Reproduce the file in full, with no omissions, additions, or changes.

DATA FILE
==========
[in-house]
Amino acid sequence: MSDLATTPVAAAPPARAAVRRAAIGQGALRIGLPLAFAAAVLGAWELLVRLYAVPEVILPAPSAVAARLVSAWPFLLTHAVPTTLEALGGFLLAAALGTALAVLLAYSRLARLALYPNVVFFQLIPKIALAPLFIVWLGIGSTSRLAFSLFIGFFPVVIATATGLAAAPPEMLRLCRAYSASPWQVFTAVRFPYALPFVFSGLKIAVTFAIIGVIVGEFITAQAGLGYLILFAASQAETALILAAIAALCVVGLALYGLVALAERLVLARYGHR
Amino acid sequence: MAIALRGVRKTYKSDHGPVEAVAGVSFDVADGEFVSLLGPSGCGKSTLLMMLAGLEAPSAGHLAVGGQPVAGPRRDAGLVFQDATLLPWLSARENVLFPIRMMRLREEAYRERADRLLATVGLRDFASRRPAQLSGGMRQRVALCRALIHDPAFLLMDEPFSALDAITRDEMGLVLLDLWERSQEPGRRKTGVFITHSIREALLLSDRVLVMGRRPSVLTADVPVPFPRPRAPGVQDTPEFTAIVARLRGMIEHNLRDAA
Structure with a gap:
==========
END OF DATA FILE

[in-house]
Amino acid sequence: MSDLATTPVAAAPPARAAVRRAAIGQGALRIGLPLAFAAAVLGAWELLVRLYAVPEVILPAPSAVAARLVSAWPFLLTHAVPTTLEALGGFLLAAALGTALAVLLAYSRLARLALYPNVVFFQLIPKIALAPLFIVWLGIGSTSRLAFSLFIGFFPVVIATATGLAAAPPEMLRLCRAYSASPWQVFTAVRFPYALPFVFSGLKIAVTFAIIGVIVGEFITAQAGLGYLILFAASQAETALILAAIAALCVVGLALYGLVALAERLVLARYGHR
Amino acid sequence: MAIALRGVRKTYKSDHGPVEAVAGVSFDVADGEFVSLLGPSGCGKSTLLMMLAGLEAPSAGHLAVGGQPVAGPRRDAGLVFQDATLLPWLSARENVLFPIRMMRLREEAYRERADRLLATVGLRDFASRRPAQLSGGMRQRVALCRALIHDPAFLLMDEPFSALDAITRDEMGLVLLDLWERSQEPGRRKTGVFITHSIREALLLSDRVLVMGRRPSVLTADVPVPFPRPRAPGVQDTPEFTAIVARLRGMIEHNLRDAA
Structure with a gap: